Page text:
A SENIOR serving Dorset Police officer has been sacked after posting offensive messages in a WhatsApp group – and failing to challenge the behaviour of colleagues he supervised.
Inspector Nicholas Mantle was found to have breached the standards of professional behaviour following a public misconduct hearing that concluded on Friday, June 2.
He returned on Tuesday (August 15) where the independent panel made their decision to remove him from the organisation. He will now be placed on the barred list administered by the College of Policing, which means he must not be employed or appointed into policing.
The move comes after sanctions were handed to four other officers who attended the hearing to face allegations received by the Force’s Professional Standards Department in July and August 2022.
The allegations related to alleged incidents of bullying and discriminatory conduct by a group of officers, who were serving at the time as part of the Force Support Group (FSG).
The probe found the WhatsApp group contained sexual, pornographic, misogynistic, homophobic, racist, bullying, abusive, offensive and inappropriate messages.
Insp Mantle was a sergeant at the time and had supervisory responsibility for colleagues in the team.
The panel also found insufficient evidence of the officers making verbal racist or homophobic comments in the presence of other officers.
It also did not find evidence that wall art, which was alleged to have been placed in the office but was never recovered, was offensive.
However, the panel found Insp Mantle posted two offensive images in the WhatsApp group, did not leave the group and failed to treat members of the public and colleagues with respect and/or courtesy.
They also ruled he breached the Standards of Professional Behaviour concerning equality and diversity by posting one message and failing to challenge derogatory and offensive behaviour of others he supervised.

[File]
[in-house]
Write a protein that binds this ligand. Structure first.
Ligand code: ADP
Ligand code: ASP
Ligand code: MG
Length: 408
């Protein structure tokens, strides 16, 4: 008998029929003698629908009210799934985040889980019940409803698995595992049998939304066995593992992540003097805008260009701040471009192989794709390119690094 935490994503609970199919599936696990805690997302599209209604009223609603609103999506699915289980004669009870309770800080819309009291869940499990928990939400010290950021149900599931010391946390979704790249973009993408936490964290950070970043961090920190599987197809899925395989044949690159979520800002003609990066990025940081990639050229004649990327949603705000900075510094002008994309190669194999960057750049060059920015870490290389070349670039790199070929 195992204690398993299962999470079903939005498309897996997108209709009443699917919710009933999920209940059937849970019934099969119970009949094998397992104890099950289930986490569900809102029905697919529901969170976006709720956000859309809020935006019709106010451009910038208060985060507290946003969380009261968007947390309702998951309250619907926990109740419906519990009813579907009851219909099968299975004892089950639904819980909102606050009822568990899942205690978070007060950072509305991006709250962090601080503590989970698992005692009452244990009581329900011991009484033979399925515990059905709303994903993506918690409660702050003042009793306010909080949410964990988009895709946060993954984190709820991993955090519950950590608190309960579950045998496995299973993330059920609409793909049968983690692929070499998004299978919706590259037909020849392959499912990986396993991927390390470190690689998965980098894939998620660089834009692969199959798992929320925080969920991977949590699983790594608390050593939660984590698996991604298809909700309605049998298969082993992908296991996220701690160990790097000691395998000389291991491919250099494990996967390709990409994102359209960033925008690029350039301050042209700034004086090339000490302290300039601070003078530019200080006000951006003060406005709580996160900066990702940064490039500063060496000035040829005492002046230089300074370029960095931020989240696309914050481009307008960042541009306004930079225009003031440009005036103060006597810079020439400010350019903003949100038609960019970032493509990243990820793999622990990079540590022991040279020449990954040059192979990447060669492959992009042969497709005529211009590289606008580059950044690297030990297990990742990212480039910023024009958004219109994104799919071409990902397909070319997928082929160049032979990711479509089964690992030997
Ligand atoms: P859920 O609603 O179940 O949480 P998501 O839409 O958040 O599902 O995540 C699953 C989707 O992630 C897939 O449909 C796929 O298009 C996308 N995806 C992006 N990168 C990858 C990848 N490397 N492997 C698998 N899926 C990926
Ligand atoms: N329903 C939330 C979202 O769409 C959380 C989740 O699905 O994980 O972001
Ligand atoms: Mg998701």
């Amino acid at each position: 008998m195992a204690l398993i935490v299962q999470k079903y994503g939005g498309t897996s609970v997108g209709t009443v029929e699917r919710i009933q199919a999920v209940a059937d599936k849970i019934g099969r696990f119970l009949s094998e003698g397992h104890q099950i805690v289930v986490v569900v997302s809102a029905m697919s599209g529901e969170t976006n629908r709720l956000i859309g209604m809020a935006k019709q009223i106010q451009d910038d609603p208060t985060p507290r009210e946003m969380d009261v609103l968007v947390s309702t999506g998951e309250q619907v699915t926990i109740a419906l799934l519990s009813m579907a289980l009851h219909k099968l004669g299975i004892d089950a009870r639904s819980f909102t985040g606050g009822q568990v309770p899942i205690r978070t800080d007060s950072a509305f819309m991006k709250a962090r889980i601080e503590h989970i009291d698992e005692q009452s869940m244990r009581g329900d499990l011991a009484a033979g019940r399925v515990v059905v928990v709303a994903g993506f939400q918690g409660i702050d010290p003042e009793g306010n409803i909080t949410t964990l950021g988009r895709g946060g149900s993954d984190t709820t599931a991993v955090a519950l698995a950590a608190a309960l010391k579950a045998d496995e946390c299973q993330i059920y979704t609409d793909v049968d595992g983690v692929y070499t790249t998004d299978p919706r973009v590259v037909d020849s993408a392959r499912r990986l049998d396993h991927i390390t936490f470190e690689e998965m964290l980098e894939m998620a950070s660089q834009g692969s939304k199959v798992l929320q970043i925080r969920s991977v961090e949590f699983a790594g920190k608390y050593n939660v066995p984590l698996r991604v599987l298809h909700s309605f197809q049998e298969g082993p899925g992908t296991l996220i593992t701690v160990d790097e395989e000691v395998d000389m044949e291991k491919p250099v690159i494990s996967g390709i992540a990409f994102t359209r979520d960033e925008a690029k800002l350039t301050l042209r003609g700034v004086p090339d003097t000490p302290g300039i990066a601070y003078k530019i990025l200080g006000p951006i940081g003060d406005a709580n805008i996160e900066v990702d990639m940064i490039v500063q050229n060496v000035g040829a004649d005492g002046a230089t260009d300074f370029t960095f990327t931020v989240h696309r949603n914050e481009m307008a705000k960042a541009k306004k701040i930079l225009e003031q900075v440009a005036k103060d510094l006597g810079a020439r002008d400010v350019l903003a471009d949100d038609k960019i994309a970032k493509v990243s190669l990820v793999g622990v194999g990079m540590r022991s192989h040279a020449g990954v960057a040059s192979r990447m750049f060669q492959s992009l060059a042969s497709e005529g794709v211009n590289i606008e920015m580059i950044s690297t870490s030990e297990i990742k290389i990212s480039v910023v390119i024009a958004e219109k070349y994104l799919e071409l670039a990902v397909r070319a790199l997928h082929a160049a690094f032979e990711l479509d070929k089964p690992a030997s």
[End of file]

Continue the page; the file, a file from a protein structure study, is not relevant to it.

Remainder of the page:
PC Mark Jordan-Gill and former officer Paul Perdrisat were also found guilty of gross misconduct at the hearing.
They returned on Tuesday, June 13, where the panel dismissed PC Jordan-Gill with immediate effect and said Mr Perdrisat would have been dismissed had he not already resigned. They were also placed on the barred list.
Serving officers PC Michael Lowther and PC Matthew Young were found guilty of misconduct.
PC Lowther, who challenged the behaviour on the WhatsApp group and left the group, was handed a written warning and PC Young was issued with a final written warning.
He admitted failing to challenge the other officers but had extremely limited participation in the group.
Following the conclusion of the final hearing in respect of Insp Mantle, Temporary Deputy Chief Constable Rachel Farrell, Dorset Police’s lead for professional standards, said: “I would like to thank colleagues in our Counter Corruption Unit for the detailed and thorough investigation they presented to the panel, which enabled them to make the decision they have.
“Inspector Nick Mantle was in a trusted supervisory role when he breached the Standards of Professional Behaviour by not only failing to challenge the derogatory and biased actions of colleagues within the team but also encouraged it by posting two offensive images to the group.
“His lack of action in failing to challenge this behaviour and failing to act when PC Lowther called it out is completely unacceptable. This is not the type of leader we wish to have in our force and as this case has shown we will robustly investigate offences and, if appropriate, remove individuals from the organisation.
“The public quite rightly expect the highest standards of behaviour from serving police officers and staff as this is a core component of maintaining the trust of our communities. I know the actions of these officers will have let our communities down.
“It is important to remind the public that this behaviour is not indicative of the overwhelming majority of our staff and teams out delivering quality policing every day to protect people and make Dorset a safe county for everyone.
“We are committed to driving up standards of behaviour within Dorset and ongoing work includes adopting learning across the organisation from this case to stamp out such behaviour, delivering inclusion training to officers and staff, and ensuring our vetting and enhanced vetting obligations are being met and fit for purpose.”
Anyone can report concerns surrounding the conduct of officers to Dorset Police by calling 101 or emailing firstname.lastname@example.org.
Corruption can also be reported online via www.dorset.police.uk/contact/report-police-corruption.
Alternatively, members of the public can contact the Independent Office for Police Conduct (IOPC) via www.policeconduct.gov.uk, or anonymously through Crimestoppers, on 0800 555 111.